In Your Share (June 11th, 2018 edition)

Let the sugar snap peas begin! We seeded peas early this spring, cultivated them several times with the electric tractor and horses to keep the weeds at bay, then built a sturdy trellis for them. The vines have been climbing vigorously up the trellis and flowering profusely and now we have the first plump ripe pods ready for share this week – yay!

The sugar snap peas we grow have a sweet crunchy edible pod with tasty sweet peas inside. The whole pod and peas are meant to be eaten together. They are usually eaten raw, but can also be steamed or sautéed. Like sweet corn, these peas are best eaten asap otherwise the sugar in the peas will turn starchy over time. Don’t confuse your sugar snap peas (sweet peas, plump sweet pod) with shelling peas (tasty peas, pod is not edible, aka green peas) or snow peas (undeveloped peas, flat pods, often found in asian cuisine). I’m not opposed to the other kinds but sugar snap peas are my favorite and I hope you enjoy them too : )

Last week my friend Walt Bernard from Workhorse Workshops in Dorena, OR delivered my new horse drawn plow! He helped me get it set up and we started plowing up a field with some thick cover crops on it. I’m really looking forward to integrating this tool into the farm fieldwork rotation. I posted some photos of the team in action on the website and on Facebook.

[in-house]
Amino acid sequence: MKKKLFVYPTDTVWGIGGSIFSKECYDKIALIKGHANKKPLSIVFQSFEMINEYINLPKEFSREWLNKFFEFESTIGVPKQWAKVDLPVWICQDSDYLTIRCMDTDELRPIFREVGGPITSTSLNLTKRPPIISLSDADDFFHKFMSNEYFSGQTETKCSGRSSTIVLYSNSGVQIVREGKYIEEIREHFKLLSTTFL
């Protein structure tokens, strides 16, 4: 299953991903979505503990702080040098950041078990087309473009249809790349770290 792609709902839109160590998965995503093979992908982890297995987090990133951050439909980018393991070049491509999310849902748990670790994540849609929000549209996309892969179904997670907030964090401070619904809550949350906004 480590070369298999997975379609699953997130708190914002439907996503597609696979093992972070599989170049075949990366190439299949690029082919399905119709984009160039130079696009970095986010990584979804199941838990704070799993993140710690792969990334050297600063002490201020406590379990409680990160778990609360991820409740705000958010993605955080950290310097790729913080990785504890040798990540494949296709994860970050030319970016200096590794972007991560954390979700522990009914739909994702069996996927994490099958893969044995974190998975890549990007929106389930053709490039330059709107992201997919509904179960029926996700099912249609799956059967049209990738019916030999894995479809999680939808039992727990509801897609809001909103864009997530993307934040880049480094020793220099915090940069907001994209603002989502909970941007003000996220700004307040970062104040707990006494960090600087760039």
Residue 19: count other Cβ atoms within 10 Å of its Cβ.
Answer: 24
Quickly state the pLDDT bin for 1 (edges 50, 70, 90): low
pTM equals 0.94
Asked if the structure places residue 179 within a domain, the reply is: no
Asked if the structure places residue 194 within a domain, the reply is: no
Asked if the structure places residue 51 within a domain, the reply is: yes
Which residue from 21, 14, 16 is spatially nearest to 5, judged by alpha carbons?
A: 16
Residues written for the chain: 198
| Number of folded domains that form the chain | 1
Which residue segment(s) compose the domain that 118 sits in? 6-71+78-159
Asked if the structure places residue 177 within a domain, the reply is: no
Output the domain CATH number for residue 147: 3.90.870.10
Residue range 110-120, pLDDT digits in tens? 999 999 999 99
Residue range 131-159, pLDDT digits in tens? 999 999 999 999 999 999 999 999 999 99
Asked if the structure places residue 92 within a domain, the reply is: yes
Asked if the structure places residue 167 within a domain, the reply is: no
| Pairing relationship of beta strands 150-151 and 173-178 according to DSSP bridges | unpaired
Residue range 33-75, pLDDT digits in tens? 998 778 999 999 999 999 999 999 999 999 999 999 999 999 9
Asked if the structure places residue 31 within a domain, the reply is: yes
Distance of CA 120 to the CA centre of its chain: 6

You’ll find recipes everything in your share, at Cook With What You Have. If you’re a CSA member, you will find your password in your most recent email. Enjoy 24/7 access to recipe inspiration!

This week your share may include…

  • Baby Lettuce Heads: Let the summer salads begin!
  • Spring Garlic: Lovely plump fresh garlic bulbs for you in the share today. Spring garlic is harvested after the bulbs have formed, but before the cloves are individually wrapped. Left in the field, it will become storage garlic – but it isn’t there yet. Use these in any recipe that calls for regular garlic but since they do not have the dried wrapper around the bulb if needs to be stored in the fridge and eaten sooner rather than later.
  • Spring Onions: These are tender and tasty! We call them spring onions to differentiate them from storage onions. This time of year the spring onions have beautiful greens on them which can be used like just like a green onion. You may see red, yellow and white onions – or a mix of all three – in your share this week
  • Zesty Daikon Microgreens: These little treats make a nice topping for soups, salad or sandwiches.
  • Red Round Radish: These are super tasty this time of year. Later in the season they can get pretty spicy, but these just have a little zing to them. Great in salads or as a snack on the crudite plate. Or try this Radish Butter spread.
  • Spinach: This crop likes the cool weather we’ve been having and the leaves are thick, succulent and deeply savoyed. This would make a beautiful spinach salad or can be sautéed.
  • Hakuri Salad Turnips: These look like giant white radish, but the flavor is sweet crunchy and mild. As the name implies, they can definitely be eaten raw or roasted. Greens are good too – cook them up alone or with other greens like spinach.


Coming soon… more Sugar Snap Peas!